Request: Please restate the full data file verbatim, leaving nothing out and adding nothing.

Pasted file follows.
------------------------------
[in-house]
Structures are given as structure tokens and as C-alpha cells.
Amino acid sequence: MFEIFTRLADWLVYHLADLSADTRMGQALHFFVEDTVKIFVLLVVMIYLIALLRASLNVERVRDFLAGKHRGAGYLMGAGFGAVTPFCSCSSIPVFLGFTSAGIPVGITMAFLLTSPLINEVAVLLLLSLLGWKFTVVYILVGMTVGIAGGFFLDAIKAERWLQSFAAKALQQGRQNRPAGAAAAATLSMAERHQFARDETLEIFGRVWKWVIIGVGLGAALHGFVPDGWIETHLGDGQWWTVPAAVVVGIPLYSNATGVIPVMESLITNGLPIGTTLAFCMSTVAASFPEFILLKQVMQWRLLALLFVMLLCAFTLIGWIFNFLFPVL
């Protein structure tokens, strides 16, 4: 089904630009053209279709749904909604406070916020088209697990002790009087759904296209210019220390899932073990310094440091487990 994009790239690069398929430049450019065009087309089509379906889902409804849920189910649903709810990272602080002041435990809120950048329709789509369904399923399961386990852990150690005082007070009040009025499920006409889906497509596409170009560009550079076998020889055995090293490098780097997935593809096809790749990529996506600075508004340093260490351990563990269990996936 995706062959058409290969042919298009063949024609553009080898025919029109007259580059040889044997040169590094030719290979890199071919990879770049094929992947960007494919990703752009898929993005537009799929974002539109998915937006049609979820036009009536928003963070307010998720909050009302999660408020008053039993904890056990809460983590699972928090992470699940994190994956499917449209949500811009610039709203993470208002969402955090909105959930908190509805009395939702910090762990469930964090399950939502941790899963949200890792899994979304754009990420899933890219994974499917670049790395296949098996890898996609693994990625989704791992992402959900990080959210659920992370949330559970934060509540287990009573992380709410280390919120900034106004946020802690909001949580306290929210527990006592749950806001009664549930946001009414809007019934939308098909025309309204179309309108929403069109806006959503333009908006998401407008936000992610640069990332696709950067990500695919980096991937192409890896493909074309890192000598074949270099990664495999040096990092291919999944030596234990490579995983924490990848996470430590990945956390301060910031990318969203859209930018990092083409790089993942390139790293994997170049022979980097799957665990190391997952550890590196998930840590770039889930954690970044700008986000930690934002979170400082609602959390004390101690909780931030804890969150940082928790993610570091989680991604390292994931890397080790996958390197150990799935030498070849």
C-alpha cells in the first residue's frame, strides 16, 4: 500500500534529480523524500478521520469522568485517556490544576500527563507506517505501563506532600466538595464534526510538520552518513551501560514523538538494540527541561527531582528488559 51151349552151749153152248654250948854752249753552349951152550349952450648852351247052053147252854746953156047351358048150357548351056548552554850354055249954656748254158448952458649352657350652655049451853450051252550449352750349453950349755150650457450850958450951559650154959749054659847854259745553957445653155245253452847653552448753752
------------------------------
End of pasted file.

[in-house]
Structures are given as structure tokens and as C-alpha cells.
Amino acid sequence: MFEIFTRLADWLVYHLADLSADTRMGQALHFFVEDTVKIFVLLVVMIYLIALLRASLNVERVRDFLAGKHRGAGYLMGAGFGAVTPFCSCSSIPVFLGFTSAGIPVGITMAFLLTSPLINEVAVLLLLSLLGWKFTVVYILVGMTVGIAGGFFLDAIKAERWLQSFAAKALQQGRQNRPAGAAAAATLSMAERHQFARDETLEIFGRVWKWVIIGVGLGAALHGFVPDGWIETHLGDGQWWTVPAAVVVGIPLYSNATGVIPVMESLITNGLPIGTTLAFCMSTVAASFPEFILLKQVMQWRLLALLFVMLLCAFTLIGWIFNFLFPVL
């Protein structure tokens, strides 16, 4: 089904630009053209279709749904909604406070916020088209697990002790009087759904296209210019220390899932073990310094440091487990 994009790239690069398929430049450019065009087309089509379906889902409804849920189910649903709810990272602080002041435990809120950048329709789509369904399923399961386990852990150690005082007070009040009025499920006409889906497509596409170009560009550079076998020889055995090293490098780097997935593809096809790749990529996506600075508004340093260490351990563990269990996936 995706062959058409290969042919298009063949024609553009080898025919029109007259580059040889044997040169590094030719290979890199071919990879770049094929992947960007494919990703752009898929993005537009799929974002539109998915937006049609979820036009009536928003963070307010998720909050009302999660408020008053039993904890056990809460983590699972928090992470699940994190994956499917449209949500811009610039709203993470208002969402955090909105959930908190509805009395939702910090762990469930964090399950939502941790899963949200890792899994979304754009990420899933890219994974499917670049790395296949098996890898996609693994990625989704791992992402959900990080959210659920992370949330559970934060509540287990009573992380709410280390919120900034106004946020802690909001949580306290929210527990006592749950806001009664549930946001009414809007019934939308098909025309309204179309309108929403069109806006959503333009908006998401407008936000992610640069990332696709950067990500695919980096991937192409890896493909074309890192000598074949270099990664495999040096990092291919999944030596234990490579995983924490990848996470430590990945956390301060910031990318969203859209930018990092083409790089993942390139790293994997170049022979980097799957665990190391997952550890590196998930840590770039889930954690970044700008986000930690934002979170400082609602959390004390101690909780931030804890969150940082928790993610570091989680991604390292994931890397080790996958390197150990799935030498070849």
C-alpha cells in the first residue's frame, strides 16, 4: 500500500534529480523524500478521520469522568485517556490544576500527563507506517505501563506532600466538595464534526510538520552518513551501560514523538538494540527541561527531582528488559 51151349552151749153152248654250948854752249753552349951152550349952450648852351247052053147252854746953156047351358048150357548351056548552554850354055249954656748254158448952458649352657350652655049451853450051252550449352750349453950349755150650457450850958450951559650154959749054659847854259745553957445653155245253452847653552448753752